This continued till the bus reached the hotel. And by then the “lucky” residents living along the road returned to their houses, brimming with excitement and stories of who got to see whom.

“Was it Dravid on the window? I think it was him. But whoever it was he waved back to me,” said an overjoyed eight-year-old Gurpreet who lives in Sector 45. “I saw Sachin, I saw Sachin !!!” exclaimed another little child before breaking into an incoherent account of how he was looking and how he made an eye contact with him.



Punjabi hospitality floors guests from Pakistan
Aditi Tandon/ Arvind Katyal
Tribune News Service

Pakistani guests dance at a dinner party hosted by the Punjab Chief Minister at Chandigarh Club on Wednesday.
Pakistani guests dance at a dinner party hosted by the Punjab Chief Minister at Chandigarh Club on Wednesday. — A Tribune photograph

As a goodwill gesture to the visitors from Pakistan, Chandigarh Club sponsored the venue of the dinner. Even the catering and tent arrangements were heavily discounted. The arrangements were well made and it was apparent that a lot of thought had gone into them. Despite a hefty guest list, the organisers managed a decent show. So perfect was the spacing between stalls that not even once did the problem of overcrowding arise. There were separate food enclaves for VIPs and other guests. Present at the dinner were all ministers of the Punjab government, parliamentary secretaries, some Punjab Cricket Association officials and journalists. Highlight of the show were the welcome banners in Urdu, Punjabi and Hindi which greeted the guests where ever they went.

Chandigarh, March 9
Our guests from Pakistan were on Cloud 9 tonight. Smitten by the lavish dinner arrangements made at Chandigarh Club, they literally floundered for words when accosted for reactions.

Finally, the best thing they had to say about the reception at the club was: “Aapki mohabbat ka yeh paigaam hum nahi bhool payenge”. Their words of praise for Punjab Government were also interesting: “Aapki hukumat badi dariyadil hai (your state is very generous)” they said.

Organised under the care of Punjab Chief Minister Capt Amarinder Singh’s office, the dinner was grand by all standards. It was well organised and well laid to cater to a gathering of about 3,000. Never in the past has Chandigarh Club seen such hectic preparations as it saw all today.

From morning till evening the caterers and tent house owners, in charge of affairs at the club, were busy putting their best foot forward lest goodwill suffers. At the back of their mind, however, the fear of rain was wreaking havoc until of course a clear night sky smiled at them.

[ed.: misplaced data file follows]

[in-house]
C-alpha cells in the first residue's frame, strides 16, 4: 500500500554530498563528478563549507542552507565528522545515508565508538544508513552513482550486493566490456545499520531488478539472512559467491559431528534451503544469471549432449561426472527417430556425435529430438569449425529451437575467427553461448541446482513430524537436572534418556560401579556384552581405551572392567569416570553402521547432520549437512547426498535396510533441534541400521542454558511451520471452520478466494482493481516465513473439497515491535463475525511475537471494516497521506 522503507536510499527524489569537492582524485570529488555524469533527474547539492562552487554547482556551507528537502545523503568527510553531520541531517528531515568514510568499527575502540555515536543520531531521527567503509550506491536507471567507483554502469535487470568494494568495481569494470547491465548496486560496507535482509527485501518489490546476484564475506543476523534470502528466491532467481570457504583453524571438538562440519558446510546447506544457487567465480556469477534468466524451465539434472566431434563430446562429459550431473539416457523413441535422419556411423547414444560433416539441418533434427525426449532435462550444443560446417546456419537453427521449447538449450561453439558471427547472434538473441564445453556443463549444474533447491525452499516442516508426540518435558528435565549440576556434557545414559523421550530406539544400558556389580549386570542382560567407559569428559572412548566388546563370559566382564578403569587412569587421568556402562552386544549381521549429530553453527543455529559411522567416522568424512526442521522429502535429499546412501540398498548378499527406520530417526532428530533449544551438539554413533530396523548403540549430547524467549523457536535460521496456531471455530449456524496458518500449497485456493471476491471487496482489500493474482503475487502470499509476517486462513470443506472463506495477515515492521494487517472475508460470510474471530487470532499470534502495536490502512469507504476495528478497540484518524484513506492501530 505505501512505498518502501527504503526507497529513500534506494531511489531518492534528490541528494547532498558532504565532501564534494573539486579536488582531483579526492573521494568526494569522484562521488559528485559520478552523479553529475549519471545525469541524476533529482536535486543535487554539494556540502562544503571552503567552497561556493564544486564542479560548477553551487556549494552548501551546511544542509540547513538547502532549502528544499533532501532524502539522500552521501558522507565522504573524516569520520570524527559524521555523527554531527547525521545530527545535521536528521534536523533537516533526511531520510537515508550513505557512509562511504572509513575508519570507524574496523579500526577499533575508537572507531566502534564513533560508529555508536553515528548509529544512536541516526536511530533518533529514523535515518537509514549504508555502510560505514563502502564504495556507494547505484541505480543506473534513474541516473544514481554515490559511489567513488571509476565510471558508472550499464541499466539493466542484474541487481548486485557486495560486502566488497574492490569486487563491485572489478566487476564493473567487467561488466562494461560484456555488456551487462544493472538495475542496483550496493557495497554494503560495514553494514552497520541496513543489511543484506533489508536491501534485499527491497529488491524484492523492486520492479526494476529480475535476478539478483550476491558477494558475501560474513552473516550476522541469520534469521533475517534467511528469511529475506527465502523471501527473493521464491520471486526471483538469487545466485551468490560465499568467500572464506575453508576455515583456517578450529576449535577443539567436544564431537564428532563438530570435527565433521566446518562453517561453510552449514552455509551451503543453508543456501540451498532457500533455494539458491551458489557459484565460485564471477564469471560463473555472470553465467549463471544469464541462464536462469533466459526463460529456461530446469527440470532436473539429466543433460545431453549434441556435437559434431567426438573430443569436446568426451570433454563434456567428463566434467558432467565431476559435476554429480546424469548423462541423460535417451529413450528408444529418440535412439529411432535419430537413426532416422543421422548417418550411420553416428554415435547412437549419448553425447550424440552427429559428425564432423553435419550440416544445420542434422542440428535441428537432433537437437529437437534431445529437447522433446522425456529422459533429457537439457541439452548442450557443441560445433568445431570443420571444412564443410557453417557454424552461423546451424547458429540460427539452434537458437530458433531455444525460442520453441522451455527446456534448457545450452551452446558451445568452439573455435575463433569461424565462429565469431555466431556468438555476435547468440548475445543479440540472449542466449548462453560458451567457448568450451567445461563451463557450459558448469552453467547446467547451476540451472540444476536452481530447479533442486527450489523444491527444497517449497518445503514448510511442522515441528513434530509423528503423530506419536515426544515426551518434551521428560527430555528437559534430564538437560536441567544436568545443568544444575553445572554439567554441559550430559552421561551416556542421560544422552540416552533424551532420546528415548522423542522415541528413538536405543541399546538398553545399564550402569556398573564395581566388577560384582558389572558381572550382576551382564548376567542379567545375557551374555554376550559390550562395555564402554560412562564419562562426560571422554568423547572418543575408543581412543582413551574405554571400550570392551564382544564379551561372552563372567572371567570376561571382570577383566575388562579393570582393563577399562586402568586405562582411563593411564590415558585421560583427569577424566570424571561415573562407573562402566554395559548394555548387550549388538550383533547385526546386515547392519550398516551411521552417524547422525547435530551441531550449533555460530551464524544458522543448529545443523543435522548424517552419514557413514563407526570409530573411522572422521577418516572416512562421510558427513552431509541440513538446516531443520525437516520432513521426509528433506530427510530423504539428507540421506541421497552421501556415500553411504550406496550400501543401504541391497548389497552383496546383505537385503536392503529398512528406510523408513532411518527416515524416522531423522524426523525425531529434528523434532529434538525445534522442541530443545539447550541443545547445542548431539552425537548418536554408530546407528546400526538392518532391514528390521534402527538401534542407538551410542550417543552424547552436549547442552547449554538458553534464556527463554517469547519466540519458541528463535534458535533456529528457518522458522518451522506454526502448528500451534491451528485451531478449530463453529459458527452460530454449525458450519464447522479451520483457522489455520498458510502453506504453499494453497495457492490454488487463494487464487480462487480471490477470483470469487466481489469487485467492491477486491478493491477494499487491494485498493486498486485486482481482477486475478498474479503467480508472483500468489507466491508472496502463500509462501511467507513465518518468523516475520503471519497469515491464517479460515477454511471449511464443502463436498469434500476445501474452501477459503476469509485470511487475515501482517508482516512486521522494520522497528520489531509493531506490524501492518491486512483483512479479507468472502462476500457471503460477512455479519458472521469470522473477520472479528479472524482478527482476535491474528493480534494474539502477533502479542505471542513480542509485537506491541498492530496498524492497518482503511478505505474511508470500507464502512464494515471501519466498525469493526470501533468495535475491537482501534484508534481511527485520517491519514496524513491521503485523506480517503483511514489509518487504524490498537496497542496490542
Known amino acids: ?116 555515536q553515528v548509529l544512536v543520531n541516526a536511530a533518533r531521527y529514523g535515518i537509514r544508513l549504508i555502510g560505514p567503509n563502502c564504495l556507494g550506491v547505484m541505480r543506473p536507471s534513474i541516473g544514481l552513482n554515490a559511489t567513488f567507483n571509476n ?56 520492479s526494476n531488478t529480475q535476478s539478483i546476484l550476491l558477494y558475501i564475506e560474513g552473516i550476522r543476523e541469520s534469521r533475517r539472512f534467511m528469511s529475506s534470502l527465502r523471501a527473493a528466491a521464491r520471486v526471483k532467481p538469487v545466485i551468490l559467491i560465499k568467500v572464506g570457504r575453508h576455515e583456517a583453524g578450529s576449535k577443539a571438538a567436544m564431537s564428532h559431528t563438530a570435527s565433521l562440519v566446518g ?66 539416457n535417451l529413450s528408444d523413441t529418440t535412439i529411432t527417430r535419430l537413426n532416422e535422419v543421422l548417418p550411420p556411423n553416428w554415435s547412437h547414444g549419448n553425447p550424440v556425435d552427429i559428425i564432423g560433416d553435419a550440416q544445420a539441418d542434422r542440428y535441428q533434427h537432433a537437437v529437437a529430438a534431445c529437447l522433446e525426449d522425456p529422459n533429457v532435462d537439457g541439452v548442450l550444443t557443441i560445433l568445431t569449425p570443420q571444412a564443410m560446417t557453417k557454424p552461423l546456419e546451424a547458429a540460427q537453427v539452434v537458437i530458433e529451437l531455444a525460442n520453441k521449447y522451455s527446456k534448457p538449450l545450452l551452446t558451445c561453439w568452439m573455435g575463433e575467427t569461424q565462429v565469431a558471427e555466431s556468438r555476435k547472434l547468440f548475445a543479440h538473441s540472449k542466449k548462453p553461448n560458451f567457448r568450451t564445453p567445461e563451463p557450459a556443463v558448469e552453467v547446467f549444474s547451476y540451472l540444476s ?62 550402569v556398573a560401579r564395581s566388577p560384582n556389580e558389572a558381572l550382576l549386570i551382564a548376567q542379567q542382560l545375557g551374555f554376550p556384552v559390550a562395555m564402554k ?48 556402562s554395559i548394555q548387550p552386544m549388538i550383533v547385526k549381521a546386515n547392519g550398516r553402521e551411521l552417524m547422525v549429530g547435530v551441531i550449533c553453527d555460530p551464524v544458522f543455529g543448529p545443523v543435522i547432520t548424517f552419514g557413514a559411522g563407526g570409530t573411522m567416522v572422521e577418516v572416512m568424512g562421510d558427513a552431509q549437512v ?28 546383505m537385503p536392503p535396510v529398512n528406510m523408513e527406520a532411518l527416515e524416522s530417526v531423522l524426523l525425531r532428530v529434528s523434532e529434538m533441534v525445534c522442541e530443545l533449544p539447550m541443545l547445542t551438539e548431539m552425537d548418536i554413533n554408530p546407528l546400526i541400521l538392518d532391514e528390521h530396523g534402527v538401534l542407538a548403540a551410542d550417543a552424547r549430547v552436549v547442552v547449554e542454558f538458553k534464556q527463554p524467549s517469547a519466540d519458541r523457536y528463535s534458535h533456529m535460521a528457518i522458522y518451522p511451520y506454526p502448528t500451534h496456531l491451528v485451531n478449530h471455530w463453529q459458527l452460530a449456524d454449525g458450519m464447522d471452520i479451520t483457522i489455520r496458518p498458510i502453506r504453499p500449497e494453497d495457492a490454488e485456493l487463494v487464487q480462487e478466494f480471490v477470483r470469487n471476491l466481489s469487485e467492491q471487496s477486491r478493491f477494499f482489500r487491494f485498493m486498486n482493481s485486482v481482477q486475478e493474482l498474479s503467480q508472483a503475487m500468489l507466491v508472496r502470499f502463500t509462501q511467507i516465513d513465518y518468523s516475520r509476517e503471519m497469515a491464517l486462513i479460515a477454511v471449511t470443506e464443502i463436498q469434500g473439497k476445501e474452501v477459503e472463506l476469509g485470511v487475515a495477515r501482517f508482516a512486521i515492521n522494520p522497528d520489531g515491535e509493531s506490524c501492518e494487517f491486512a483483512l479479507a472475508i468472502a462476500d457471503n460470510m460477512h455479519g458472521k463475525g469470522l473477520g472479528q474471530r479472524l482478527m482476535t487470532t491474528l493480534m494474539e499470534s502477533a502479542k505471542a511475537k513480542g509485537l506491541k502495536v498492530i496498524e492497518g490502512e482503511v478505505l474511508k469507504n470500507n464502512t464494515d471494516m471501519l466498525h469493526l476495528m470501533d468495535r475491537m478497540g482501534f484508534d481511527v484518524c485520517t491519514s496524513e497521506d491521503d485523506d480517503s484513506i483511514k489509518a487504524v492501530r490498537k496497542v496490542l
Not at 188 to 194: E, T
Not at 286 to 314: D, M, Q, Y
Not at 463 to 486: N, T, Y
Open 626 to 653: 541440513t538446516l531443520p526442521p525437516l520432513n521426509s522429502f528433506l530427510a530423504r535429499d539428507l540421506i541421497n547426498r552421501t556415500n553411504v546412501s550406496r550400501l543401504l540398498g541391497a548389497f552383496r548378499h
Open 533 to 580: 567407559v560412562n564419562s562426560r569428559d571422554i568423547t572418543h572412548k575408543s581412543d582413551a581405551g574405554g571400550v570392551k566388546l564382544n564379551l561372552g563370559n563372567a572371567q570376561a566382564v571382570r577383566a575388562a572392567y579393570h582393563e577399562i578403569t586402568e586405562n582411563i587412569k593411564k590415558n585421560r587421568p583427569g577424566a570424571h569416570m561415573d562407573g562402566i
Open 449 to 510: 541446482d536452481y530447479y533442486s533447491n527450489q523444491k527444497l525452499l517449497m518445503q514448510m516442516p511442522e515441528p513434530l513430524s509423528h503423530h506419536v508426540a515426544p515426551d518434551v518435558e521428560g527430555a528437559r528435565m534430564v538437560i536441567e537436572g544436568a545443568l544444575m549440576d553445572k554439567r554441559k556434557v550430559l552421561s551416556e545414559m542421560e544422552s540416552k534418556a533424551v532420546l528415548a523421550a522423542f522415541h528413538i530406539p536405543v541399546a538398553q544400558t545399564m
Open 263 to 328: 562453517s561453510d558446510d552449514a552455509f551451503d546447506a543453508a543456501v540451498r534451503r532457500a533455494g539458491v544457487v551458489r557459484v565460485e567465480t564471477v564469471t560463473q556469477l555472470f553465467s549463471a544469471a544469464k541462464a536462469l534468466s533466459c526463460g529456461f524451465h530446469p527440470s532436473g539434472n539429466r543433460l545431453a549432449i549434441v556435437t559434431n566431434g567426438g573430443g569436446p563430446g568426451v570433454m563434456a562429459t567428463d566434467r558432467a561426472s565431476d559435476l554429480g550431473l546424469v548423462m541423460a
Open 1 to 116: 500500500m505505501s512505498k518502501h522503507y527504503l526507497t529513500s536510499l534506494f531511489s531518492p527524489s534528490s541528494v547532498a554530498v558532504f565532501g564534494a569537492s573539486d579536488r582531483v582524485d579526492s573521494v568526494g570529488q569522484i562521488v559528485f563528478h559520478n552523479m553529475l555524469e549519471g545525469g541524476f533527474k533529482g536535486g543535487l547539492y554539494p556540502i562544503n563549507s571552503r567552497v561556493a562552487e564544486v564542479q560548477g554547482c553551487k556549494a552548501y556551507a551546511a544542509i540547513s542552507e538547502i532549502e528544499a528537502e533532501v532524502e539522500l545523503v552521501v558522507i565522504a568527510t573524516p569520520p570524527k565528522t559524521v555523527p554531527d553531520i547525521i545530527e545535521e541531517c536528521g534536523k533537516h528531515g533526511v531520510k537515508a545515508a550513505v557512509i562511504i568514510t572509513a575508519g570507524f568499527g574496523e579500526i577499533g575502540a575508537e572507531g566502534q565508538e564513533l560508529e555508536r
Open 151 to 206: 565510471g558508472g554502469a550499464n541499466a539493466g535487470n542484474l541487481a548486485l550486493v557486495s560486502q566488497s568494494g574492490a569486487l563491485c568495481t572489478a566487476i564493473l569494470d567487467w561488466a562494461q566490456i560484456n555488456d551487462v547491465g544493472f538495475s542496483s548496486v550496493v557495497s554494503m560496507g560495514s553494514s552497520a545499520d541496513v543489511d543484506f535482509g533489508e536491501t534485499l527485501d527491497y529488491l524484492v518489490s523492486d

Even the sound system and the live projector, installed for the cultural evening by Hans Raj Hans and Dolly Guleria, were at the mercy of weather till the evening. Mercifully, the show went on without a drizzle. Had it rained the organisers would have been in trouble as there was no arrangement of water proofing at the venue. Late as the orders were placed yesterday, neither the tent house people nor the caterers were ready for weather exigencies.

On the catering front, Ambrosia held the fort, offering to the Pakistanis what they like the best. “halal” and “jhatka” fare was laid in abundance, supplemented with “Punjabi” preparations (about five to six vegetables). Though not multicuisine, the menu was well chosen. In the dessert category, the traditional Indian “rabri and jalebi” ruled the roost. It had the guests hooked. For a while, the ice cream corner appeared deserted.

Coupled with the joy of good food was the joy of music. As Hans Raj and Dolly Guleria doled out their melodic sequences, the guests could not help shaking a leg. Interspersed with music was the dance of Punjab which further thrilled the gathering.



Love counts!
Gayatri Rajwade
Tribune News Service

Chandigarh March 9
Overwhelmed by the care and affection showered on him and his compatriots by the Indians, Nasir Mehmood, a real estate developer from Lahore, donated Rs 7,000 to the Chandi Kusht Ashram in Sector 47 in Chandigarh yesterday.

Armed with the knowledge of The Tribune’s history, “Lahore is home to the paper” he claims proudly and his first visitor visa to the country, Nasir stepped onto Indian soil at Wagah, albeit with great trepidation.